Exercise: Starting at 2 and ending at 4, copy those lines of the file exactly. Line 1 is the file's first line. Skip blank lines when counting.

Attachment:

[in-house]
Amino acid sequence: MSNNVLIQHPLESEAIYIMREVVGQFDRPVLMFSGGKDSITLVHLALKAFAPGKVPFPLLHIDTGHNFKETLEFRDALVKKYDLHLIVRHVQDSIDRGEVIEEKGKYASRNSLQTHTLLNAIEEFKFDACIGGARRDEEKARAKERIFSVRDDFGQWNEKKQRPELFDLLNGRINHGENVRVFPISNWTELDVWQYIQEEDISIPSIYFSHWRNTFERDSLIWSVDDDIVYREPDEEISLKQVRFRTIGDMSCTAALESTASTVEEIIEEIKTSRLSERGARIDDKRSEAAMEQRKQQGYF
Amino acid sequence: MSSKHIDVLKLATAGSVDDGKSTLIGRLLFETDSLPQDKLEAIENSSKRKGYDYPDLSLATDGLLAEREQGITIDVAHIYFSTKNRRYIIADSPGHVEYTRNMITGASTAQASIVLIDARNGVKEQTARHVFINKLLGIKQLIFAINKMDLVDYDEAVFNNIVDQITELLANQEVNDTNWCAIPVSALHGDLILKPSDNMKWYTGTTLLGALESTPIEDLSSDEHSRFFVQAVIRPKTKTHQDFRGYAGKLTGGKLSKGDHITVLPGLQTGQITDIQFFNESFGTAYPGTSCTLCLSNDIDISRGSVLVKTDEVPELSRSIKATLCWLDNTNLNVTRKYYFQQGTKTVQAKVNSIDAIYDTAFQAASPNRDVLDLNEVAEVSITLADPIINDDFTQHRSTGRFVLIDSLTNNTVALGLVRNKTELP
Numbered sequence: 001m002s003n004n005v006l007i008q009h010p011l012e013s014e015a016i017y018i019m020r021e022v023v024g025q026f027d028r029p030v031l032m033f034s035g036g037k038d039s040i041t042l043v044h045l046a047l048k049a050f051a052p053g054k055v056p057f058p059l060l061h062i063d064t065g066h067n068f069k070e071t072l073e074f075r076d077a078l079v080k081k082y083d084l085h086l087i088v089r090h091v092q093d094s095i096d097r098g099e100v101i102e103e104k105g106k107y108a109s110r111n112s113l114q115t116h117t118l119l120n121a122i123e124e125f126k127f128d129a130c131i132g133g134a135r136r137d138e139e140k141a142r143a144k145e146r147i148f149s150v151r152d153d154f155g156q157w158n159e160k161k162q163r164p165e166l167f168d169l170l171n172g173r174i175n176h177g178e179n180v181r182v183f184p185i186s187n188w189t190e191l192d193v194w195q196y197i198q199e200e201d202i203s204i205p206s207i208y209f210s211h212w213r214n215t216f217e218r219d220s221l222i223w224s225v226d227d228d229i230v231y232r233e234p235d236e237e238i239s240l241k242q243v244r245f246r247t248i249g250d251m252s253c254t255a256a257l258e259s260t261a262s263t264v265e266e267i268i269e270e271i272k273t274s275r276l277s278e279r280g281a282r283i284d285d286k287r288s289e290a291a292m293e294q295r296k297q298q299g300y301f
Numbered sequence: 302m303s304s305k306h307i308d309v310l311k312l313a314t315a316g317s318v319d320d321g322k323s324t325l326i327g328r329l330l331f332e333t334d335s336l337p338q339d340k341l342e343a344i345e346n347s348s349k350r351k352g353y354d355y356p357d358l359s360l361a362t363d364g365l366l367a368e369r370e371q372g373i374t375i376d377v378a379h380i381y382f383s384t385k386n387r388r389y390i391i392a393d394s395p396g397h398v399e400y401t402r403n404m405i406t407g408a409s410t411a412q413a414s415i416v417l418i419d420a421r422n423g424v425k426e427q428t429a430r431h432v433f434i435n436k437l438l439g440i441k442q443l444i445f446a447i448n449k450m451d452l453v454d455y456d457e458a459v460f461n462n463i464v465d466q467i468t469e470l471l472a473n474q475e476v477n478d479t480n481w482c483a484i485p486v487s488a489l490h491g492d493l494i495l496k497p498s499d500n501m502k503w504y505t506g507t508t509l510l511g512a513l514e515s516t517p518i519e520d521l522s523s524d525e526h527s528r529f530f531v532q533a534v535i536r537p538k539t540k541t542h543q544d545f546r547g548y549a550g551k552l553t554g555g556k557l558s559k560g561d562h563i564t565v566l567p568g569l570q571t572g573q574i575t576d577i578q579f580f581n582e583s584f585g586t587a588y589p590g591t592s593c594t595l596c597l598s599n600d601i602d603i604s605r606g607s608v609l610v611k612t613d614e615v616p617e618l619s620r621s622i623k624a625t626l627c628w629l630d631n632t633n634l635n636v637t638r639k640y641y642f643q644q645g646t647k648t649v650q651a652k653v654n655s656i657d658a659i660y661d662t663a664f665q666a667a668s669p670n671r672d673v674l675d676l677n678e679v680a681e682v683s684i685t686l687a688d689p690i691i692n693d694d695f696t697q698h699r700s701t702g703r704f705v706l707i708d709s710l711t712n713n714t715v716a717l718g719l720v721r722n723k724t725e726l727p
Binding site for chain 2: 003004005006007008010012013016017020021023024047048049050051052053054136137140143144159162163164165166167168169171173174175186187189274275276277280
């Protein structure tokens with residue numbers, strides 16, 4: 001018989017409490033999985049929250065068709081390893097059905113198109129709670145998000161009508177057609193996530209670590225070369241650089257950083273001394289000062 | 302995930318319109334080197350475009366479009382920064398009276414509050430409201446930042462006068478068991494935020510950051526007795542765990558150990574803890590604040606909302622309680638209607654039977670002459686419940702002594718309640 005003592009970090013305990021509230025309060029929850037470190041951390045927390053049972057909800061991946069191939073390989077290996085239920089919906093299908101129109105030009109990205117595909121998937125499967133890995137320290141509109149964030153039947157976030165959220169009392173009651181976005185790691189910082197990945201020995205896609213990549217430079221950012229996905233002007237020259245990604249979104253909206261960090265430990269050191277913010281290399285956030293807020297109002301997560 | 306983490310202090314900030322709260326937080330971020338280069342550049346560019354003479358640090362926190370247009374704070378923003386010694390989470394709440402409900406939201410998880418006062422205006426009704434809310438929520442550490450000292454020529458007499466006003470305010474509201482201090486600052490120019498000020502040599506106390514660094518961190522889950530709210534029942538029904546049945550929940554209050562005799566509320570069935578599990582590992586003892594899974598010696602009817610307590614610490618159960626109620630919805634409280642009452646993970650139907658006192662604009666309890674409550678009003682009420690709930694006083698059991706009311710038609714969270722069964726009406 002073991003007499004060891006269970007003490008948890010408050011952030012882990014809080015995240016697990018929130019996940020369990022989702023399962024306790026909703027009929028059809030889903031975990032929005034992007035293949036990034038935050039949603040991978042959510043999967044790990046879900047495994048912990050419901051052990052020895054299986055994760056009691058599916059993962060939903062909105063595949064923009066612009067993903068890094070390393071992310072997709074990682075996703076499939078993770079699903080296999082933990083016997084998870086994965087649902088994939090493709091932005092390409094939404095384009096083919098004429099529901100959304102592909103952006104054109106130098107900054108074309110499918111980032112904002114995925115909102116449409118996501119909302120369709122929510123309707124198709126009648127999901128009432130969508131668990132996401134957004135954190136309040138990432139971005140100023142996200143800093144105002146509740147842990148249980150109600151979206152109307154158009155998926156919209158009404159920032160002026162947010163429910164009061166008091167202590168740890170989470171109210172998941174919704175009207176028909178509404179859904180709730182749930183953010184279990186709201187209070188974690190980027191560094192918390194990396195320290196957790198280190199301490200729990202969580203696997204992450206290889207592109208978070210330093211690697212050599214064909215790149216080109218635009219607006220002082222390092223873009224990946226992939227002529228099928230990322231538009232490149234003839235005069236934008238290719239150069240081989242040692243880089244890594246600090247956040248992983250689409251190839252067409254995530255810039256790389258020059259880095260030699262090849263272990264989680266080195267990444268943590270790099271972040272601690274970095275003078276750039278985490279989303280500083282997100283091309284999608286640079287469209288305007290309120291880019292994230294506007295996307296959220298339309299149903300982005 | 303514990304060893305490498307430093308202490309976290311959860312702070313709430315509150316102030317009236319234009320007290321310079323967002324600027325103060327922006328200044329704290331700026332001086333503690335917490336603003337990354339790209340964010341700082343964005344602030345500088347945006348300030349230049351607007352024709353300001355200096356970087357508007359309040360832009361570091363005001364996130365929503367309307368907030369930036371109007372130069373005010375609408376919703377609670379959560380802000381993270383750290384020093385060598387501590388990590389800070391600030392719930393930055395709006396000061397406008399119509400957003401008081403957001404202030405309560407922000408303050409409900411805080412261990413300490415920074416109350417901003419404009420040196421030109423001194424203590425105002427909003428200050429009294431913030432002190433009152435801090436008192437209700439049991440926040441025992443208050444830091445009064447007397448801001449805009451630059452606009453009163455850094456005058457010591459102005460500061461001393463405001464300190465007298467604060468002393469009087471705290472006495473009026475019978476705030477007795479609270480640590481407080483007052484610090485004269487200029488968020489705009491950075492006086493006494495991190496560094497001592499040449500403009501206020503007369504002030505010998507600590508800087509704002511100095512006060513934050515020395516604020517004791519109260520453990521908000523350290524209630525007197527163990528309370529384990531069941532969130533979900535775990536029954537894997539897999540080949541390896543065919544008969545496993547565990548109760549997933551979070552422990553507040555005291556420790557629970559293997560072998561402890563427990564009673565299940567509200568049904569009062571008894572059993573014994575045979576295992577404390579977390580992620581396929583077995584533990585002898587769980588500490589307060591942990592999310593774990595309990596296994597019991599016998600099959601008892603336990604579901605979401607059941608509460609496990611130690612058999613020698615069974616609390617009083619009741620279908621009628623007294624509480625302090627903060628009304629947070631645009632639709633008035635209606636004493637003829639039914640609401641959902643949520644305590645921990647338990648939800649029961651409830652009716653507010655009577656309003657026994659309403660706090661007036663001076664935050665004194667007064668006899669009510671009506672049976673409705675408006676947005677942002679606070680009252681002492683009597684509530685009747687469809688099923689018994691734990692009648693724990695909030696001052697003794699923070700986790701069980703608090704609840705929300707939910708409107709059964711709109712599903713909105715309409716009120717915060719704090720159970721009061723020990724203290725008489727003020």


Amino acid sequence: MSNNVLIQHPLESEAIYIMREVVGQFDRPVLMFSGGKDSITLVHLALKAFAPGKVPFPLLHIDTGHNFKETLEFRDALVKKYDLHLIVRHVQDSIDRGEVIEEKGKYASRNSLQTHTLLNAIEEFKFDACIGGARRDEEKARAKERIFSVRDDFGQWNEKKQRPELFDLLNGRINHGENVRVFPISNWTELDVWQYIQEEDISIPSIYFSHWRNTFERDSLIWSVDDDIVYREPDEEISLKQVRFRTIGDMSCTAALESTASTVEEIIEEIKTSRLSERGARIDDKRSEAAMEQRKQQGYF
Amino acid sequence: MSSKHIDVLKLATAGSVDDGKSTLIGRLLFETDSLPQDKLEAIENSSKRKGYDYPDLSLATDGLLAEREQGITIDVAHIYFSTKNRRYIIADSPGHVEYTRNMITGASTAQASIVLIDARNGVKEQTARHVFINKLLGIKQLIFAINKMDLVDYDEAVFNNIVDQITELLANQEVNDTNWCAIPVSALHGDLILKPSDNMKWYTGTTLLGALESTPIEDLSSDEHSRFFVQAVIRPKTKTHQDFRGYAGKLTGGKLSKGDHITVLPGLQTGQITDIQFFNESFGTAYPGTSCTLCLSNDIDISRGSVLVKTDEVPELSRSIKATLCWLDNTNLNVTRKYYFQQGTKTVQAKVNSIDAIYDTAFQAASPNRDVLDLNEVAEVSITLADPIINDDFTQHRSTGRFVLIDSLTNNTVALGLVRNKTELP
Numbered sequence: 001m002s003n004n005v006l007i008q009h010p011l012e013s014e015a016i017y018i019m020r021e022v023v024g025q026f027d028r029p030v031l032m033f034s035g036g037k038d039s040i041t042l043v044h045l046a047l048k049a050f051a052p053g054k055v056p057f058p059l060l061h062i063d064t065g066h067n068f069k070e071t072l073e074f075r076d077a078l079v080k081k082y083d084l085h086l087i088v089r090h091v092q093d094s095i096d097r098g099e100v101i102e103e104k105g106k107y108a109s110r111n112s113l114q115t116h117t118l119l120n121a122i123e124e125f126k127f128d129a130c131i132g133g134a135r136r137d138e139e140k141a142r143a144k145e146r147i148f149s150v151r152d153d154f155g156q157w158n159e160k161k162q163r164p165e166l167f168d169l170l171n172g173r174i175n176h177g178e179n180v181r182v183f184p185i186s187n188w189t190e191l192d193v194w195q196y197i198q199e200e201d202i203s204i205p206s207i208y209f210s211h212w213r214n215t216f217e218r219d220s221l222i223w224s225v226d227d228d229i230v231y232r233e234p235d236e237e238i239s240l241k242q243v244r245f246r247t248i249g250d251m252s253c254t255a256a257l258e259s260t261a262s263t264v265e266e267i268i269e270e271i272k273t274s275r276l277s278e279r280g281a282r283i284d285d286k287r288s289e290a291a292m293e294q295r296k297q298q299g300y301f